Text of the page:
Phase One: Getting to Know the Expanse
“The Xindi” to “Similitude”
Five-Minute Enterprise’s description of “The Xindi”, the season premiere and arc opener, strikes me as one of the most funny and apt descriptions I’ve ever seen: “Archer begins his bold, daring mission in the Expanse by getting captured and needing some big strong men to save him. Sissy.” Suffice to say, I wasn’t too enthused by the opening episode, and neither were many other fans.
Overall, the first part of the arc was definitely the weakest, but not simply because it spent the most time establishing the background for the story. The context is always important, and I don’t begrudge the writers the necessary time spent building that context. Instead, what bothered me were the stand-alone episodes: “Extinction” and “North Star”, especially. These would have made extraordinarily weak episodes even under normal circumstances, but in the midst of a world-shattering arc, the premise of a “Wild West” culture somewhere in the Delta Quadr— I mean, the Delphic Expanse (ahem) seemed quite silly. And another round of Trek’s “fun with DNA” shenanigans? Forget it.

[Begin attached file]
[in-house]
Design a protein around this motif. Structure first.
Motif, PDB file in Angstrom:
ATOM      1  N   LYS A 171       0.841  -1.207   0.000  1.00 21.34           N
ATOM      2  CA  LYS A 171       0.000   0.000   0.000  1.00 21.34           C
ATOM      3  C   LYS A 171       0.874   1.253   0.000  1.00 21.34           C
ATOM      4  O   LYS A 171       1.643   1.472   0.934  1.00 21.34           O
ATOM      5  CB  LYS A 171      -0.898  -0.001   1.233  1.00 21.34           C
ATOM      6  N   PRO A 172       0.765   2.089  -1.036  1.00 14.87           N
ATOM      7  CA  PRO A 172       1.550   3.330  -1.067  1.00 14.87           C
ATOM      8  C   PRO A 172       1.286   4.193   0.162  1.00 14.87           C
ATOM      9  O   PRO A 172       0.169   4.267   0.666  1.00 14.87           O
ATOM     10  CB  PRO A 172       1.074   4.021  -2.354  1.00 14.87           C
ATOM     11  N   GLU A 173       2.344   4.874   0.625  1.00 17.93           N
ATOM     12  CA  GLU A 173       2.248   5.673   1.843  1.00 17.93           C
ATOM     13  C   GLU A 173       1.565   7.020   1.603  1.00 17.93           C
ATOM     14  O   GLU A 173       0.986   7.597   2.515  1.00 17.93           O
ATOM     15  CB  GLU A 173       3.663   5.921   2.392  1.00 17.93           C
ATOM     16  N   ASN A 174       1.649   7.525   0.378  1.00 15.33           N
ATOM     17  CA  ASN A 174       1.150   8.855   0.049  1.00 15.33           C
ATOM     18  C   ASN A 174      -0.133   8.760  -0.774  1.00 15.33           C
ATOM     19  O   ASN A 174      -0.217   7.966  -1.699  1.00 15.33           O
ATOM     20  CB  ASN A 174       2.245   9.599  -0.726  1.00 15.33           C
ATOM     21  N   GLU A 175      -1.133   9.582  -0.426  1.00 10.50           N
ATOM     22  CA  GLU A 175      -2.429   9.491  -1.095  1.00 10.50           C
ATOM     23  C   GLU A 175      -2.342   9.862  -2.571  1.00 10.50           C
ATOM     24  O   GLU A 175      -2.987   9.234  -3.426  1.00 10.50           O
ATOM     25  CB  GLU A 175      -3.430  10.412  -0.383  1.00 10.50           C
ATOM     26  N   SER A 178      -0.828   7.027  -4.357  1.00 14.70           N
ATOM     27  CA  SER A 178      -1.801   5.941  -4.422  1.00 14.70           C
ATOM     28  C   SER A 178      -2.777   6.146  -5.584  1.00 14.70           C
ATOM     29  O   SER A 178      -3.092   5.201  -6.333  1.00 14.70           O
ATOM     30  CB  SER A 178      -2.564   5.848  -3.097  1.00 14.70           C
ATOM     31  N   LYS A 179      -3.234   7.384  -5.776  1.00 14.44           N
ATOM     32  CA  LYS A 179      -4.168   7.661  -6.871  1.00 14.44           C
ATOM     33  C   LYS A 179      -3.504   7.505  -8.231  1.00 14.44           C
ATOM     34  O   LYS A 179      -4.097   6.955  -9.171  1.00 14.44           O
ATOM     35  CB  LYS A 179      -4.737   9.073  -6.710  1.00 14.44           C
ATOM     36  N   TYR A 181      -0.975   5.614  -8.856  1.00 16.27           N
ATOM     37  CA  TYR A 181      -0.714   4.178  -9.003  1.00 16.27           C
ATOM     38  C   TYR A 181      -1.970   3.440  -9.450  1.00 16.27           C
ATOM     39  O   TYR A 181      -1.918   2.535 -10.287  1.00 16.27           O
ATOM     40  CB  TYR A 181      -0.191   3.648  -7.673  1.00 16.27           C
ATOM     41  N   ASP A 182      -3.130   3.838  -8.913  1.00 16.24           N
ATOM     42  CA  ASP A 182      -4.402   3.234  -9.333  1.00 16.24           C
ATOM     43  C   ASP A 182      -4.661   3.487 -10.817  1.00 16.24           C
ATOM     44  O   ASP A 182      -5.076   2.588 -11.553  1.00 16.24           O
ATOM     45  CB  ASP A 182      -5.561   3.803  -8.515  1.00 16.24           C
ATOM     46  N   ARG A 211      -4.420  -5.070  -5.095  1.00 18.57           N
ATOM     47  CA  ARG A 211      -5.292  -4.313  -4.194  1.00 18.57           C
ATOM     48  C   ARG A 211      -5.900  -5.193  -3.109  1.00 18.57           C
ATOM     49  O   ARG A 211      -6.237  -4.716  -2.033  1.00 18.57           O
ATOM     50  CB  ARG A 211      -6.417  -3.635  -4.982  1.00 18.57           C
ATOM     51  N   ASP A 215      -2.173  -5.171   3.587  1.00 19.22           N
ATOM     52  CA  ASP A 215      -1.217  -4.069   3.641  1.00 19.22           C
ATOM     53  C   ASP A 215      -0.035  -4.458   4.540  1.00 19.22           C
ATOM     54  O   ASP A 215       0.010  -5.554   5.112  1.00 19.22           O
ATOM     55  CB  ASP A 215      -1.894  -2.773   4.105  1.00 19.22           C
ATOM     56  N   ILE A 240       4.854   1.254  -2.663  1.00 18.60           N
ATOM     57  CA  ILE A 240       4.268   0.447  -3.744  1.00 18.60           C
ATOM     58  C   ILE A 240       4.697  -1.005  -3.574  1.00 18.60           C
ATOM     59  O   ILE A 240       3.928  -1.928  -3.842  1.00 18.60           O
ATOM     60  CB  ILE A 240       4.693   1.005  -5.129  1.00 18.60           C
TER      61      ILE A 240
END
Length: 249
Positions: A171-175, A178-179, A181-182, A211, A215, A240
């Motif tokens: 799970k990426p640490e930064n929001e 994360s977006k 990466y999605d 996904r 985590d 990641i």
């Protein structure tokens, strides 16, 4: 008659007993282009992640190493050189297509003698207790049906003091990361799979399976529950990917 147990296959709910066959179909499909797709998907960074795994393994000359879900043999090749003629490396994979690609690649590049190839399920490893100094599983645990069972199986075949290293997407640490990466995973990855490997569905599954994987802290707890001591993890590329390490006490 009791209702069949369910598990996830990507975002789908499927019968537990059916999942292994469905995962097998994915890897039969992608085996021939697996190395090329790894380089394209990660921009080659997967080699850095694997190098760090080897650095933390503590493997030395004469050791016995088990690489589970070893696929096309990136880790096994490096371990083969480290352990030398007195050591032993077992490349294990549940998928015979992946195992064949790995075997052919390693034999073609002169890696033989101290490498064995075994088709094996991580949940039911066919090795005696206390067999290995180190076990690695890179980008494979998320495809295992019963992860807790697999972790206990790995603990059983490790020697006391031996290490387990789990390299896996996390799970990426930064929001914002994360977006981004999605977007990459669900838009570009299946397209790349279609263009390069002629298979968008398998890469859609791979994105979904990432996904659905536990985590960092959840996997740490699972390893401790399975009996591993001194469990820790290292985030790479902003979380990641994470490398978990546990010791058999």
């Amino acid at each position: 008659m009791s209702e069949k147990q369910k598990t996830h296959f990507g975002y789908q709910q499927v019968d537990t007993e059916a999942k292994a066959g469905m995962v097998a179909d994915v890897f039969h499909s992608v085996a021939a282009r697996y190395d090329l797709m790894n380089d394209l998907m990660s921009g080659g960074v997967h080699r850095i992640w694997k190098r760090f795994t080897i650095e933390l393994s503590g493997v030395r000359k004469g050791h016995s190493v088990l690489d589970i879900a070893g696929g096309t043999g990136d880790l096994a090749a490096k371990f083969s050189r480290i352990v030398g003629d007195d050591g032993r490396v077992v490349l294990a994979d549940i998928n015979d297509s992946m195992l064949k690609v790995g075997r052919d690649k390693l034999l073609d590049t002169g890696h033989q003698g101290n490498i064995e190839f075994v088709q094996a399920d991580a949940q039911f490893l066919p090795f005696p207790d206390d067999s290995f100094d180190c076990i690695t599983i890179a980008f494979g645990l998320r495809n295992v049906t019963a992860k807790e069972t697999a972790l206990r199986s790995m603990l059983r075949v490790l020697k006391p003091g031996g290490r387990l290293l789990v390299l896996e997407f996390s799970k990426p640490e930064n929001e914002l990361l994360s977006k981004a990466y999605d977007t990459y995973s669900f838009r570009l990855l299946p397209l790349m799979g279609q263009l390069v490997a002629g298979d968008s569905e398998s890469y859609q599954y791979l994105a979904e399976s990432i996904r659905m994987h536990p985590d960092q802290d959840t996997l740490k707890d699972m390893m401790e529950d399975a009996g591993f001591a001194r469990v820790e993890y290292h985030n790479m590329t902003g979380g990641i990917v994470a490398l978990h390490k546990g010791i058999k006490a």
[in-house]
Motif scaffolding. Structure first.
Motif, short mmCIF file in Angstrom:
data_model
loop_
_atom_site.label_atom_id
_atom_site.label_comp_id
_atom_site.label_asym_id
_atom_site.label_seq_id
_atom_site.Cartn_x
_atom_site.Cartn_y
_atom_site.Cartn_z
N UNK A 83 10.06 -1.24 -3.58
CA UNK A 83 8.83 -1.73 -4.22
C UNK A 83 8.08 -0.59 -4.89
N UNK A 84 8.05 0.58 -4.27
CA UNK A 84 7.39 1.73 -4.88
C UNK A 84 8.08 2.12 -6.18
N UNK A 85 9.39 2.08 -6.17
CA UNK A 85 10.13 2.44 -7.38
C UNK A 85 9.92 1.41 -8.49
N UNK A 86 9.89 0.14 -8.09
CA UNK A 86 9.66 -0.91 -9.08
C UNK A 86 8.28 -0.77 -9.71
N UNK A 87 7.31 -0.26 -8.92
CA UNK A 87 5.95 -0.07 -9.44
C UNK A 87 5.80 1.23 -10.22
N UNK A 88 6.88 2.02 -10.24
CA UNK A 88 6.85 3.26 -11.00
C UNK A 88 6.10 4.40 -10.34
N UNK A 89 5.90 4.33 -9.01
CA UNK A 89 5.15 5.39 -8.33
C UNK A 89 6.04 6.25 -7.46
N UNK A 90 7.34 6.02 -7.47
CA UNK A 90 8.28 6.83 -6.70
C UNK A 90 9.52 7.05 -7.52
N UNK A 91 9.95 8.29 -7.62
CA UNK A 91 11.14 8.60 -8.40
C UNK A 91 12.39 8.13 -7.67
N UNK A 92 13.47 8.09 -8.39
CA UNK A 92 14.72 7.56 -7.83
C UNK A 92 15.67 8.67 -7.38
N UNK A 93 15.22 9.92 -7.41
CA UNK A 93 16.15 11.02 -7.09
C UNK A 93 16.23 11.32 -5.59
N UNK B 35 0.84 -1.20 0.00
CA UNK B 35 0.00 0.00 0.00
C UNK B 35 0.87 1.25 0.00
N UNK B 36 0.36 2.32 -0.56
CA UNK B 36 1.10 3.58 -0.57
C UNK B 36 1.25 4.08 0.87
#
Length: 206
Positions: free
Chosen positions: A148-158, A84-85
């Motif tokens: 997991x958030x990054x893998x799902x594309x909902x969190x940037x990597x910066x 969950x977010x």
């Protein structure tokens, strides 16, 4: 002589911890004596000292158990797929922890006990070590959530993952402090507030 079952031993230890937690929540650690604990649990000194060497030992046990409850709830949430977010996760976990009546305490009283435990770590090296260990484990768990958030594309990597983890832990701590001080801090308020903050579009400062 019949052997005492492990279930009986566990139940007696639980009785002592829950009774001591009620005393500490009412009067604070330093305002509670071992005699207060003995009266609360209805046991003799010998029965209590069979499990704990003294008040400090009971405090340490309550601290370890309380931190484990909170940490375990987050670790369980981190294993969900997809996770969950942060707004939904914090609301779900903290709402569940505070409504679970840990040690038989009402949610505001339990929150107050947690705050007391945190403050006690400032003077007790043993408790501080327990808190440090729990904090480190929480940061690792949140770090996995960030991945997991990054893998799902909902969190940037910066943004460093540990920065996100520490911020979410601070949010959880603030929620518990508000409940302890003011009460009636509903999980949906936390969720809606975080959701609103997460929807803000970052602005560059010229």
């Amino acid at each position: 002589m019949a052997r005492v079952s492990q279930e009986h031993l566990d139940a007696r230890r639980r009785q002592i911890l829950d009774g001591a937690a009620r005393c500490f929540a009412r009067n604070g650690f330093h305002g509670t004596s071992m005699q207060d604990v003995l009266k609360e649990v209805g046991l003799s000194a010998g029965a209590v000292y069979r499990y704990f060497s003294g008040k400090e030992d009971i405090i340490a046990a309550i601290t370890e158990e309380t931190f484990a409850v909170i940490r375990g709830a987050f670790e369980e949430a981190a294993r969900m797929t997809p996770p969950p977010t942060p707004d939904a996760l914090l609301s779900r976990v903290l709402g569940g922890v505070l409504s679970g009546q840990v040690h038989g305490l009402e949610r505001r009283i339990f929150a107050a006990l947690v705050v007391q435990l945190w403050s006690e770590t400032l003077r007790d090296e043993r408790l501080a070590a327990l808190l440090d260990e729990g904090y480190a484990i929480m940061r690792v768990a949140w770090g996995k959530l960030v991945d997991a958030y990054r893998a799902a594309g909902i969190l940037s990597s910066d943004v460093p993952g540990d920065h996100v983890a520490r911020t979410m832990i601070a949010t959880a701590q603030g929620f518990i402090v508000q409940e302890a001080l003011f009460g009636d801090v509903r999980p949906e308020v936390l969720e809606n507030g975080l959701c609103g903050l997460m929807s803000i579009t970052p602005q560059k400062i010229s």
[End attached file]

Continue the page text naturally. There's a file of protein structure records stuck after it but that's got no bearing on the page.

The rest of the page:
What I did like, however, was the fact that the Delphic Expanse was portrayed as a truly alien region of space that caused unusual or unique problems for the crew to face. From “Anomaly” onward, it was clear that something sinister was going on, but even better were the steps the crew took to adapt. (And whether those steps were the right steps, of course, just added to the drama quite well.)
No summary of the season would be complete, though, without at least briefly mentioning the near-classic episode “Twilight”. Though it was dismissed by some as being derivative of previous classics like “Yesterday’s Enterprise”, I loved it for precisely that reason— because we got to see an alternate future and see how the various characters reacted and developed because of those changes. Time travel, when done right, is always a guarantee of a good hour of television.